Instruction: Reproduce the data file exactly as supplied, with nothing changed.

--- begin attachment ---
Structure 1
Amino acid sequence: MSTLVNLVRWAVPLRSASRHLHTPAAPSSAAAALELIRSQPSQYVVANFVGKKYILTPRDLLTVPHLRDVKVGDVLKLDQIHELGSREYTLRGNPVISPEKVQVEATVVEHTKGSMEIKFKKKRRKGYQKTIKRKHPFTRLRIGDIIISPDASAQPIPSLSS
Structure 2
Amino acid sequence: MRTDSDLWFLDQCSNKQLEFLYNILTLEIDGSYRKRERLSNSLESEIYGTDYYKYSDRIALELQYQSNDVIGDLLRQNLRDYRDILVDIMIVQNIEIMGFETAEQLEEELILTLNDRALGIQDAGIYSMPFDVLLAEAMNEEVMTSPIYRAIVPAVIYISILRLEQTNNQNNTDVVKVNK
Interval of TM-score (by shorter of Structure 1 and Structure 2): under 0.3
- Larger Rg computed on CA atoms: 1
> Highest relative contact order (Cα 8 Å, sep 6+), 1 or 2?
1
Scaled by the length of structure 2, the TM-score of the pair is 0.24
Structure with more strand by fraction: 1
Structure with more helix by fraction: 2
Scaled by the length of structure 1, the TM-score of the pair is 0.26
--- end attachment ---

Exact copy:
Structure 1
Amino acid sequence: MSTLVNLVRWAVPLRSASRHLHTPAAPSSAAAALELIRSQPSQYVVANFVGKKYILTPRDLLTVPHLRDVKVGDVLKLDQIHELGSREYTLRGNPVISPEKVQVEATVVEHTKGSMEIKFKKKRRKGYQKTIKRKHPFTRLRIGDIIISPDASAQPIPSLSS
Structure 2
Amino acid sequence: MRTDSDLWFLDQCSNKQLEFLYNILTLEIDGSYRKRERLSNSLESEIYGTDYYKYSDRIALELQYQSNDVIGDLLRQNLRDYRDILVDIMIVQNIEIMGFETAEQLEEELILTLNDRALGIQDAGIYSMPFDVLLAEAMNEEVMTSPIYRAIVPAVIYISILRLEQTNNQNNTDVVKVNK
Interval of TM-score (by shorter of Structure 1 and Structure 2): under 0.3
- Larger Rg computed on CA atoms: 1
> Highest relative contact order (Cα 8 Å, sep 6+), 1 or 2?
1
Scaled by the length of structure 2, the TM-score of the pair is 0.24
Structure with more strand by fraction: 1
Structure with more helix by fraction: 2
Scaled by the length of structure 1, the TM-score of the pair is 0.26